Operations and activities of the firm

Parmalat lacked board independence in the sense that the board comprised of nine insiders, one affiliated outsider and just three independent directors. (Gray, 2006) The company was family owned, run by CEO Calisto Tanzi as mentioned, and was composed of key board member committees, in which insiders sat on each key board committee. The audit committee was in addition a big corrupt department on its own. Members of the audit committee both internal auditors and external auditors were part of the scandal as much as the executives were.

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The level of corruption throughout the structure of the firm was beyond belief, self-indulgence and greed had taken over each individual employed by Parmalat. The failure of Parmalat was expected. When it comes to long-term financial success and ethical performance in a company, the goals is to achieve and sustain ethical core values, and establish a role model of moral leadership, in which the whole firm follows through by his/her actions. In accordance to Aristotle’s view on virtue ethics business leaders must have a strong moral character while reigning in their pursuit of wealth.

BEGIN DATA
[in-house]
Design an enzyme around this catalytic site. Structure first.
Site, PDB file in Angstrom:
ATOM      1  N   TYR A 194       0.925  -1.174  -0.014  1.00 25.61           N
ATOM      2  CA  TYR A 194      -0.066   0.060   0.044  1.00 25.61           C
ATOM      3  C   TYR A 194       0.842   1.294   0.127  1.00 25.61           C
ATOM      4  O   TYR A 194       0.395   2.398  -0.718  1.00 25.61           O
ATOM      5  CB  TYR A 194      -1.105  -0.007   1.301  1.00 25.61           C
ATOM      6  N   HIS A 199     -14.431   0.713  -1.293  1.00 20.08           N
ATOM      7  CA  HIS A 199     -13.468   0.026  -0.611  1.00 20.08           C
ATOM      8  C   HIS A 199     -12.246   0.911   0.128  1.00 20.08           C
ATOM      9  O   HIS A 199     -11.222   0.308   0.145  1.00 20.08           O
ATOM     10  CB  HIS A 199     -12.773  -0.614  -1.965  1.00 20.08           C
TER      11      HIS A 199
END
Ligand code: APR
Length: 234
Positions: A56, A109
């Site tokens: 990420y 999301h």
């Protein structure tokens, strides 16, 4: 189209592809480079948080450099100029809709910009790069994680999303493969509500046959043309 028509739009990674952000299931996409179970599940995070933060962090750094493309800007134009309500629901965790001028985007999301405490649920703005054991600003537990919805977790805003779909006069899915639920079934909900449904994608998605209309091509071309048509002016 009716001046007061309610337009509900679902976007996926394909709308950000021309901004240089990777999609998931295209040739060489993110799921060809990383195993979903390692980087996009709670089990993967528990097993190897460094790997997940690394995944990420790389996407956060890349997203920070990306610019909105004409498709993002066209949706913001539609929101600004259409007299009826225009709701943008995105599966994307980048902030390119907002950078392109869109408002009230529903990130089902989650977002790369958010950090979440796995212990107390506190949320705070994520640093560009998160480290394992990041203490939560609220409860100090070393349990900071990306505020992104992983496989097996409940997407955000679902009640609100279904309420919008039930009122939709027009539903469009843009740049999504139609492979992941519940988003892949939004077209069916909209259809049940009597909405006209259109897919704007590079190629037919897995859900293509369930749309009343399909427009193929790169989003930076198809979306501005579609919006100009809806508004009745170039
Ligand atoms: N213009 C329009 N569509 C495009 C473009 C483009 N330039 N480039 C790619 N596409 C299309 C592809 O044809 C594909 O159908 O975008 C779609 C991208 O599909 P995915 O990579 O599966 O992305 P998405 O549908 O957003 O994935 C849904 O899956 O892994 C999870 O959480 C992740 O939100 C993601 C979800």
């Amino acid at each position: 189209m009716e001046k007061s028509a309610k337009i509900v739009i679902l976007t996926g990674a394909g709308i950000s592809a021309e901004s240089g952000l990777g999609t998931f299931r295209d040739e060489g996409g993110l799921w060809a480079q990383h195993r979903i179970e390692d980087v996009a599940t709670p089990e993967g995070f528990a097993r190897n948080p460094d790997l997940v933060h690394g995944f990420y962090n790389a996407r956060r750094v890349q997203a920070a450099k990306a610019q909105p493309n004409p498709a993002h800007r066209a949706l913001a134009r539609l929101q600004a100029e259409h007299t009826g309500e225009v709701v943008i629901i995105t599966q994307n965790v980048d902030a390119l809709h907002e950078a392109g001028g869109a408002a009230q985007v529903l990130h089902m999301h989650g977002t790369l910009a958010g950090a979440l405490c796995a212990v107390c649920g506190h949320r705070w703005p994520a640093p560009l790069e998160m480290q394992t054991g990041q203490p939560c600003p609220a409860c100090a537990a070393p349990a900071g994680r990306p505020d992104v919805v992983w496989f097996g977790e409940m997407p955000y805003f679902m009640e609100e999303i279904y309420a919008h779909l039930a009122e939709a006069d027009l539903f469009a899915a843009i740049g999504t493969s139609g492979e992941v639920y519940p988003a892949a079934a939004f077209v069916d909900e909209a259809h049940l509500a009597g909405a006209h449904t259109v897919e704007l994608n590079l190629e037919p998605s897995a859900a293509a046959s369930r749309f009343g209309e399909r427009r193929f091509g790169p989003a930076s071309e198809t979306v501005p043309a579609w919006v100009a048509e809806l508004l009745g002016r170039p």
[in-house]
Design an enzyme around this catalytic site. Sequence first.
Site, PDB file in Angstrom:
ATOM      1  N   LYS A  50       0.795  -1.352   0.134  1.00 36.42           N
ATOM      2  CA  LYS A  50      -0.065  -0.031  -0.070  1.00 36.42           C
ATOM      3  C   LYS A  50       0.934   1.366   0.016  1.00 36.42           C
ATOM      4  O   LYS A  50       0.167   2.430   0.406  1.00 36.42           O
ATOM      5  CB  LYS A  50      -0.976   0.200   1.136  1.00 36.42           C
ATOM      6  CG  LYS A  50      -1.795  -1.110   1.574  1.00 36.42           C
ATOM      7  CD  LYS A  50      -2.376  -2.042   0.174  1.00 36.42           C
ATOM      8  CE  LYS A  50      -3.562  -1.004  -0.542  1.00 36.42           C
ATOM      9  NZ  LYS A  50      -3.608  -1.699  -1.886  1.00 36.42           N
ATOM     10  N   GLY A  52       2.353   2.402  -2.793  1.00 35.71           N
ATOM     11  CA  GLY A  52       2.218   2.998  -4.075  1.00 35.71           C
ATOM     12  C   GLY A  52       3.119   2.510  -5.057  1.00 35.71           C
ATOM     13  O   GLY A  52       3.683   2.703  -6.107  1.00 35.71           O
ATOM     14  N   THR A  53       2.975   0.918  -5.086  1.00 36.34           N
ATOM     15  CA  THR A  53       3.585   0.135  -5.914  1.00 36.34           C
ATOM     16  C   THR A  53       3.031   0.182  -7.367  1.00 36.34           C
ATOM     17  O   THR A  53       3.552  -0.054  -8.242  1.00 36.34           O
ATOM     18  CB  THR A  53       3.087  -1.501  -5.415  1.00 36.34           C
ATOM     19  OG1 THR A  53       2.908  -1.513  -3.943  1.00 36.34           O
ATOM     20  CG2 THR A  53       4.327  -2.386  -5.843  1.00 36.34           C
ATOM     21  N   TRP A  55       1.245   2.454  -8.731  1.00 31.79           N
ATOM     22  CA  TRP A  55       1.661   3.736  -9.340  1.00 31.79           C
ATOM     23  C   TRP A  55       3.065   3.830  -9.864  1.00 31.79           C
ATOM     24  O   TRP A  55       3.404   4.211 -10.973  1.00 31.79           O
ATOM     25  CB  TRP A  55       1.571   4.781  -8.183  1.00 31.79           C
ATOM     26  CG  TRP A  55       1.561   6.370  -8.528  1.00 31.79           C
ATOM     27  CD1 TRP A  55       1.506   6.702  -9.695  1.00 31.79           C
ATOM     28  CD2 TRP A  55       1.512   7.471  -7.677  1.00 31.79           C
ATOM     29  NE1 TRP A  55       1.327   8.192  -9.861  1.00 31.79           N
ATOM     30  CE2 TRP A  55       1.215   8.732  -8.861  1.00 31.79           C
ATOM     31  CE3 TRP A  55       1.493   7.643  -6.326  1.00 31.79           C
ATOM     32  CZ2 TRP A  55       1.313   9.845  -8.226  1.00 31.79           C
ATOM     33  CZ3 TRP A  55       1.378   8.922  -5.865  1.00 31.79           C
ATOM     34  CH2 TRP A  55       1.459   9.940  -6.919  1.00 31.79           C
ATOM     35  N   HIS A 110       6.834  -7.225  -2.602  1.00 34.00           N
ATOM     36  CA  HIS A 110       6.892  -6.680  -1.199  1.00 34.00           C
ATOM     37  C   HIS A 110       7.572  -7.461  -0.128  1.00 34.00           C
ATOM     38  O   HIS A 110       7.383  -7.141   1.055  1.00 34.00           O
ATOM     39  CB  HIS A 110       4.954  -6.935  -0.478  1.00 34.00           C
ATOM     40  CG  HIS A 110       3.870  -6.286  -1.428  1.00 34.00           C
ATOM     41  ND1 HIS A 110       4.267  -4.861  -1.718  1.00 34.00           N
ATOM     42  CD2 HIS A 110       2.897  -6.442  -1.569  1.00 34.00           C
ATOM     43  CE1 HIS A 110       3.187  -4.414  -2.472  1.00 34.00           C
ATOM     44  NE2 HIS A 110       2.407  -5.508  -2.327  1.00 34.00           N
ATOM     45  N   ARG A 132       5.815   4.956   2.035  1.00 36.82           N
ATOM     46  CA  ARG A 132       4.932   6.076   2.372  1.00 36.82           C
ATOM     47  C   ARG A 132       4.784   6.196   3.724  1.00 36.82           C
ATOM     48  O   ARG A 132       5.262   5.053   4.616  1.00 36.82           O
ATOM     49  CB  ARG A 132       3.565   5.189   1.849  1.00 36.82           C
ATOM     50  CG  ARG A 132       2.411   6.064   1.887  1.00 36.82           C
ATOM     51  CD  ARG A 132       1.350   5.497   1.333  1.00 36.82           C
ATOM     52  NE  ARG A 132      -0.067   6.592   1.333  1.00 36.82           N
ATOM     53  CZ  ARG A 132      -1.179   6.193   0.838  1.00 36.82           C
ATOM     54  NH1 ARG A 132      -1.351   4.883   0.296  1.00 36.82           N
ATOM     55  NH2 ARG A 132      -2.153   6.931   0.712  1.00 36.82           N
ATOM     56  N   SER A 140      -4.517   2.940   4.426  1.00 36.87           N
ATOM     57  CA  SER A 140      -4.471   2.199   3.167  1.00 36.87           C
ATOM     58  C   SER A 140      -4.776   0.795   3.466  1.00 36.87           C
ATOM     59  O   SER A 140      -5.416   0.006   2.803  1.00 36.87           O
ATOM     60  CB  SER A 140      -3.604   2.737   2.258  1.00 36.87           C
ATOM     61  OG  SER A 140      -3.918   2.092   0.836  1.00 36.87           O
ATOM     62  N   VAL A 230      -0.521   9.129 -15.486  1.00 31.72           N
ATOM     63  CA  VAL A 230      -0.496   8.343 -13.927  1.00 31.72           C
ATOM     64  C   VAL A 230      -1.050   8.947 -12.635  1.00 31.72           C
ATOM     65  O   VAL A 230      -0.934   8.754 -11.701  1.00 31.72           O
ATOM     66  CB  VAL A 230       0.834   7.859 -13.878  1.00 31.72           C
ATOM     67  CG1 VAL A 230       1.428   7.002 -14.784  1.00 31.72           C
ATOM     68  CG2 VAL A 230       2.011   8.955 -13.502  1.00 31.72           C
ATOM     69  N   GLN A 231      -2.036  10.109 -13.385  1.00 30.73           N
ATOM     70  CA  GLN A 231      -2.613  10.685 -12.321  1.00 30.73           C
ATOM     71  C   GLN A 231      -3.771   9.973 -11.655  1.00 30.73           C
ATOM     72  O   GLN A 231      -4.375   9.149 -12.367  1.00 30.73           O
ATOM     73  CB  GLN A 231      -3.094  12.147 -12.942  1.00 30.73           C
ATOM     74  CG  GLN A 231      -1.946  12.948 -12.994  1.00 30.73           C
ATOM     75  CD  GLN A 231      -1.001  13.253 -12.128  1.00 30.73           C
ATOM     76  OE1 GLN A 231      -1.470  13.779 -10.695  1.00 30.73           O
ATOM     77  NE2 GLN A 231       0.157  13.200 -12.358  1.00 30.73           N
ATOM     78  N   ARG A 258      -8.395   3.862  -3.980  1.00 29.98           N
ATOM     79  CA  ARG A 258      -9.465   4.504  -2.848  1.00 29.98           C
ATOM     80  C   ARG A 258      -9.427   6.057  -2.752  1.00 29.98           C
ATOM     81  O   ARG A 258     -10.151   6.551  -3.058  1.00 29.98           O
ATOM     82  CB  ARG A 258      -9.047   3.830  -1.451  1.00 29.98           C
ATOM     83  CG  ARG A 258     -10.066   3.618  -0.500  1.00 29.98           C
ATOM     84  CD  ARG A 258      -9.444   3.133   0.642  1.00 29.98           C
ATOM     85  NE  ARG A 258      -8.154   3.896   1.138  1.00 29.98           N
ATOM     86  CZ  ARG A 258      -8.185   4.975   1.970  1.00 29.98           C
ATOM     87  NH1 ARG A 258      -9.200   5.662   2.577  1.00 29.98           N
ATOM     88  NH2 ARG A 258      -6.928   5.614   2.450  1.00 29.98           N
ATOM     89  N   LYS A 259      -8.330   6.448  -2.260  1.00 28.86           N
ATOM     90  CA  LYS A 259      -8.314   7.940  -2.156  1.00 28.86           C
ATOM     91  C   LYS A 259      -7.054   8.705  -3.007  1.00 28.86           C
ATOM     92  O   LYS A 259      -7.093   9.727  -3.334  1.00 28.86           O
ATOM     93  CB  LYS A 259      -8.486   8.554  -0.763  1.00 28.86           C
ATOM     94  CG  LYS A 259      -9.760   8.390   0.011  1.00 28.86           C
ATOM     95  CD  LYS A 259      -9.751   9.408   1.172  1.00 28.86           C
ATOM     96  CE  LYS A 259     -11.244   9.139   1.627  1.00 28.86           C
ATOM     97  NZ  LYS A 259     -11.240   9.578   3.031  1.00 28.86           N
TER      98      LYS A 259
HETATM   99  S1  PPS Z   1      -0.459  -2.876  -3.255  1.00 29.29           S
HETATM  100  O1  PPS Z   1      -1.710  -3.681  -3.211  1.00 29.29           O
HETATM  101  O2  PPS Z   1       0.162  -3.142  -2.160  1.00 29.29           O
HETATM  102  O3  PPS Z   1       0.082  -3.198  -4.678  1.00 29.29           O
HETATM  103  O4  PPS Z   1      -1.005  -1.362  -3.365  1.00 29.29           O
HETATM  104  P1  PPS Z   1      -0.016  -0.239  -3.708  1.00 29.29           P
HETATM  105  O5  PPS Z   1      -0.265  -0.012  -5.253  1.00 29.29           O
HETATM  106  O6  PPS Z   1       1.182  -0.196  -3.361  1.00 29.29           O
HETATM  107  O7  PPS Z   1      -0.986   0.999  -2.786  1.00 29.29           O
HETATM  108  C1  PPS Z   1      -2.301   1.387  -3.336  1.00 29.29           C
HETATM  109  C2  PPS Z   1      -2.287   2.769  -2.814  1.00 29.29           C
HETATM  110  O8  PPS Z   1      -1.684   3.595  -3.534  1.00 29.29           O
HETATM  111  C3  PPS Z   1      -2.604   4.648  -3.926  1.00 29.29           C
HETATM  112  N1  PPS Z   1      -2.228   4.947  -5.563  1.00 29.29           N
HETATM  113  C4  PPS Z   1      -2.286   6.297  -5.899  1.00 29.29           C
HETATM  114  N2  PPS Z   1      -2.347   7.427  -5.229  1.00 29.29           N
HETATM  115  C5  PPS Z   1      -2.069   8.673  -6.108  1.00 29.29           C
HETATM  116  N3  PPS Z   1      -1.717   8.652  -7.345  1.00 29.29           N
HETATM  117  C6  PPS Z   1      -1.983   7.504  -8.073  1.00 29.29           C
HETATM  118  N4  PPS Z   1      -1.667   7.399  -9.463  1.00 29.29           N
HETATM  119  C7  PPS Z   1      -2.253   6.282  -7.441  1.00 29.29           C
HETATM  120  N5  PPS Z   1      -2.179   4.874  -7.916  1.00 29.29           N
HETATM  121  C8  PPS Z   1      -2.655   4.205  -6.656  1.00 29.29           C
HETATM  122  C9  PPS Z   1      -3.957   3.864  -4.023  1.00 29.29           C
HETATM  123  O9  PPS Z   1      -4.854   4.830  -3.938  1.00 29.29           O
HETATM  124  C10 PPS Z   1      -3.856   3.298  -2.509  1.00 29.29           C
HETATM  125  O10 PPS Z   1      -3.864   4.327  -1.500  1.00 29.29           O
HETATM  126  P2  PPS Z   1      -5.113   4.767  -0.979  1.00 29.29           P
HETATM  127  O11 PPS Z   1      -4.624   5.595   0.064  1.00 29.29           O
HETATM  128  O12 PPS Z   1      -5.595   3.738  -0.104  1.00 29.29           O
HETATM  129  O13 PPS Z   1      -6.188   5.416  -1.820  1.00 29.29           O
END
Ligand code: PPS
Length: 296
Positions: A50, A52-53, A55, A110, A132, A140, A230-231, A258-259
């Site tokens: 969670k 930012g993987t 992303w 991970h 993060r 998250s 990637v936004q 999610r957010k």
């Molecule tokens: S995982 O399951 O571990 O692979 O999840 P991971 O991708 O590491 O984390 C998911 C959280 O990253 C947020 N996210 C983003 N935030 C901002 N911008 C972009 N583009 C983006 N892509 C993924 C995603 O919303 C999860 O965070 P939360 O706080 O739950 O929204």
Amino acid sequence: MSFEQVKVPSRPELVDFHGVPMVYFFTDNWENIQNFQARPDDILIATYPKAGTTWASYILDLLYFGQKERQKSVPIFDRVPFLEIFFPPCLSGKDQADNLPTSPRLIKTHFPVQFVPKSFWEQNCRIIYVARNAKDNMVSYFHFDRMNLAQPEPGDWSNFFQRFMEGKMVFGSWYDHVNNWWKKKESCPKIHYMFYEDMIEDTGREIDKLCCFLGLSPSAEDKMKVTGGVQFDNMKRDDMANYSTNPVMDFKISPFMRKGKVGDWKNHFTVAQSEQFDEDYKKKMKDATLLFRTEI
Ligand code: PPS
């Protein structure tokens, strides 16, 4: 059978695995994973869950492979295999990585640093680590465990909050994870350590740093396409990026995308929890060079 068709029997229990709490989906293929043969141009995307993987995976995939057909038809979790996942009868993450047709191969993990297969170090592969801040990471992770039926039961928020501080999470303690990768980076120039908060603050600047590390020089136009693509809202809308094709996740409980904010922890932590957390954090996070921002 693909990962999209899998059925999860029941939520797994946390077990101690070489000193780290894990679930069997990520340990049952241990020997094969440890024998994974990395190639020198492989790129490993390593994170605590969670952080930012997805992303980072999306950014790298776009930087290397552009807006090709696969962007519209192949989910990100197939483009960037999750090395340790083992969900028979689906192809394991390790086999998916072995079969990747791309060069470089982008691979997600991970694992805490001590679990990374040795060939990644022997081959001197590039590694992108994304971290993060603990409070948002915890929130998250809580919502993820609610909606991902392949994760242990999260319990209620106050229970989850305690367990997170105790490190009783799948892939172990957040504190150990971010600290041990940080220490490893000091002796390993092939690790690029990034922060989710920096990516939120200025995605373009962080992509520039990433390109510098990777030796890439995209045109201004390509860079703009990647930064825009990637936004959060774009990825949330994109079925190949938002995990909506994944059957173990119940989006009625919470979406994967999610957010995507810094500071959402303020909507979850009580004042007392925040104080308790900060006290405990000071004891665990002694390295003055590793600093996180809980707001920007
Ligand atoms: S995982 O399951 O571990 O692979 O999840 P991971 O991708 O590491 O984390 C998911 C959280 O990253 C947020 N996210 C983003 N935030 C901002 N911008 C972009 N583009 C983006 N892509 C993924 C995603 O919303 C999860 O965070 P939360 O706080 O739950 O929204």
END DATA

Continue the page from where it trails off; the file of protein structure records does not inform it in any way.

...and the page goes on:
When comparing Calisto Tanzi’s moral leadership to ABN amro’s CEO Santander, the long term survival of ABN amro and the transparency in its internal communication structure, and its content stakeholders shows the effect moral leadership has on an organization. Analysis of the case using ethical theories: Similar to world-renowned global scandals, Parmalat has raised multiple questions regarding corporate governance issues and standards. Questions were raised concerning who made such decisions, and why they were made.

As fraud can only be hidden for so long, especially for a major financial fraud of this size, it was only a matter of time until the truth unfolds itself and Parmalat fell under. I shall therefore explore the corrupt internal structure of Parmalat that led to its downfall, on the basis of the classical ethical theories. “Corporate governance is the term given to the structures within and external to organizations that are intended to ensure that corporate objectives are met.